I am a geriatrician, a doctor who specializes in the care of older adults. I am board certified in family medicine, geriatric medicine, and hospice/palliative medicine. For 18 years, I have been caring for older adults and people with chronic diseases. I have an active house calls practice in which I see homebound seniors who cannot access primary care because leaving their homes is a burden to them or their families. I know first-hand the problems associated with a fragmented, acute-care-focused health insurance system that costs too much, covers too little, and excludes too many. It also does not match the needs of older adults or people with chronic medical problems who require more than just 15 minutes with their primary care provider. Sometimes I can’t get through my patient’s medication lists in 15 minutes! Individuals with complicated needs often require team-based care, as many of their problems are not just biomedical in nature but are, rather, intertwined with social and psychological issues.


The Affordable Care Act after the Supreme Court’s Ruling

The United States has long had the most expensive healthcare system in the world. Our national health-related spending has accounted for almost one-fifth of the gross national product, or several trillion dollars, which is far more than in any other country. Yet, there has been little correlation between the money paid for health care in America and the effectiveness of the American healthcare system, which former Senator Daschle once described “as islands of excellence in a sea of mediocrity.” Tom Daschle, Prospects for Health Care Reform in 2009, 27 Yale L. & Pol’y Rev. 173, 176 (2008). A comparison of health outcomes in other countries shows that the United States ranked twenty-eighth out of 37 countries in infant mortality and thirty-first in life expectancy among 192 other countries. The Save the Children Foundation ranked the United States twenty-second in the world on women’s health, twenty-seventh on mothers’ health, and thirty-third on children’s health—behind Poland, Slovakia, and Latvia.

ACA (Health Care Reform)

The “Dual Eligible” Medicare-Medicaid Enrollee Demonstration: Can It Both Improve Care and Save Money?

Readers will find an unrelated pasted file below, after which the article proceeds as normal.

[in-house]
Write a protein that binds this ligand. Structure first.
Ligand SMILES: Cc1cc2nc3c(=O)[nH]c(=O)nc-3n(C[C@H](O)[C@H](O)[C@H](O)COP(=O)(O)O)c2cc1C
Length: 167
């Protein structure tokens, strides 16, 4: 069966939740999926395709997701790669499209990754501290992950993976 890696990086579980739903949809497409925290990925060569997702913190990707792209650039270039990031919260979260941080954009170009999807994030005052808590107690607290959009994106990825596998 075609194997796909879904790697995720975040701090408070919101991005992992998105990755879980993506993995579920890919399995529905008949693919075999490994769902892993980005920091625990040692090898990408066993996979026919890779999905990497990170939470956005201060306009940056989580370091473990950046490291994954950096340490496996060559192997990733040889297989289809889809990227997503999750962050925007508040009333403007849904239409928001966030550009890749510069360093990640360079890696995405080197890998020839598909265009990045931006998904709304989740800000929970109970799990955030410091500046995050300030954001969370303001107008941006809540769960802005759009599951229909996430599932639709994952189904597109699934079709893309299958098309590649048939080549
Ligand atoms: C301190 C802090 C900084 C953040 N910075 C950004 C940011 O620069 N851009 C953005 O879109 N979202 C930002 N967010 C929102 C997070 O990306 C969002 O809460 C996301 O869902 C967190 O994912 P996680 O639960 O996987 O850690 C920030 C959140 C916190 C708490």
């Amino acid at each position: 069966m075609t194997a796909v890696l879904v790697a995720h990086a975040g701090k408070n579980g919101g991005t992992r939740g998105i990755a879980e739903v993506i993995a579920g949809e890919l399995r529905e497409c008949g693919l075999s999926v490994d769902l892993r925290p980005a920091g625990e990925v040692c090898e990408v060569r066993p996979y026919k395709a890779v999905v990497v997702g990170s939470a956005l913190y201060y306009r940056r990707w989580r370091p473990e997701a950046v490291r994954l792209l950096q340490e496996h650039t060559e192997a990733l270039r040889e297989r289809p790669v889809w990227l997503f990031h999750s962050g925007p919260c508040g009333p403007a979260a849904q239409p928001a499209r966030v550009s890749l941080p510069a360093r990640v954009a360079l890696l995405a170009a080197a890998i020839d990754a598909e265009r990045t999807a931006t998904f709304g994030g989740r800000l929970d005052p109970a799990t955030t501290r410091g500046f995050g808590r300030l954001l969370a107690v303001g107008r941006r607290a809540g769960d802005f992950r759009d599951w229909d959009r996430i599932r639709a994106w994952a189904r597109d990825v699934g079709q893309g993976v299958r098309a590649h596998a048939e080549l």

Can states develop programs to improve care for Medicare-Medicaid “dual eligible” enrollees—who have the most intensive and costly health needs—and, at the same time, save money? That is the gamble to be played out in a mammoth, multistate, federal demonstration program under the Affordable Care Act. With the re-election of President Obama, this large-scale experiment in healthcare delivery is likely to forge ahead—and it’s important to understand what is at stake.


What Should Lawyers Know about Advance Directives for Health Care? A Geriatrician Speaks Out

A common response from many physicians to the question of what should lawyers know about advance directives for health care would be something along the lines of, “tell your clients to talk with their doctors about it,” because creating an advance directive is a medical, not a legal, endeavor. The argument goes, who better to talk with patients about their future treatments than the physicians charged with caring for them during those difficult times? But, despite the move to make creating advance directives an increasingly medical practice, evidenced by the as-yet unsuccessful campaign to make it a billable medical procedure, I hope to show that lawyers still have an important role to play. In my (admittedly minority) opinion, this role involves helping clients understand that choosing a good person to be one’s power of attorney for health care should take precedence over signing forms indicating which medical procedures to have or not have in the event of incapacity. The reason is that these forms often do not produce their intended results. Instead, patients can end up being given either too much futile medical intervention or too little beneficial care.